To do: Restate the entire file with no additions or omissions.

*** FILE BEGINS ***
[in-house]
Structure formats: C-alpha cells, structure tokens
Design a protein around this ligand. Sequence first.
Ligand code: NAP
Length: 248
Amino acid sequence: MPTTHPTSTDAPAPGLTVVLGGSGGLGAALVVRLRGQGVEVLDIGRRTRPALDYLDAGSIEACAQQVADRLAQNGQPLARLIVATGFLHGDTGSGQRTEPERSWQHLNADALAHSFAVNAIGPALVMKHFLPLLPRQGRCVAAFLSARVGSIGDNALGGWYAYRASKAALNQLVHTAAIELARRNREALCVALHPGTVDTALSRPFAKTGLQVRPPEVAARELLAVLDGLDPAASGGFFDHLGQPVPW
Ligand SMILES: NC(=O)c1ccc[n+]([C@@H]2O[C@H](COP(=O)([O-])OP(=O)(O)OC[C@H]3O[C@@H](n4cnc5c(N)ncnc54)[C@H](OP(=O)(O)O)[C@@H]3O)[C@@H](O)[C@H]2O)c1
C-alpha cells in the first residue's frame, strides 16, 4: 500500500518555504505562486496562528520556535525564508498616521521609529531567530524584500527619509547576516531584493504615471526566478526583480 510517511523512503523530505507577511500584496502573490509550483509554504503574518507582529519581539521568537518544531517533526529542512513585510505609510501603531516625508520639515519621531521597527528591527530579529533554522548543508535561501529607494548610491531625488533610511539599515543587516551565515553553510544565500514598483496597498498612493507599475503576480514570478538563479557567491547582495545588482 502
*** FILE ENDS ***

[in-house]
Structure formats: C-alpha cells, structure tokens
Design a protein around this ligand. Sequence first.
Ligand code: NAP
Length: 248
Amino acid sequence: MPTTHPTSTDAPAPGLTVVLGGSGGLGAALVVRLRGQGVEVLDIGRRTRPALDYLDAGSIEACAQQVADRLAQNGQPLARLIVATGFLHGDTGSGQRTEPERSWQHLNADALAHSFAVNAIGPALVMKHFLPLLPRQGRCVAAFLSARVGSIGDNALGGWYAYRASKAALNQLVHTAAIELARRNREALCVALHPGTVDTALSRPFAKTGLQVRPPEVAARELLAVLDGLDPAASGGFFDHLGQPVPW
Ligand SMILES: NC(=O)c1ccc[n+]([C@@H]2O[C@H](COP(=O)([O-])OP(=O)(O)OC[C@H]3O[C@@H](n4cnc5c(N)ncnc54)[C@H](OP(=O)(O)O)[C@@H]3O)[C@@H](O)[C@H]2O)c1
C-alpha cells in the first residue's frame, strides 16, 4: 500500500518555504505562486496562528520556535525564508498616521521609529531567530524584500527619509547576516531584493504615471526566478526583480 510517511523512503523530505507577511500584496502573490509550483509554504503574518507582529519581539521568537518544531517533526529542512513585510505609510501603531516625508520639515519621531521597527528591527530579529533554522548543508535561501529607494548610491531625488533610511539599515543587516551565515553553510544565500514598483496597498498612493507599475503576480514570478538563479557567491547582495545588482 502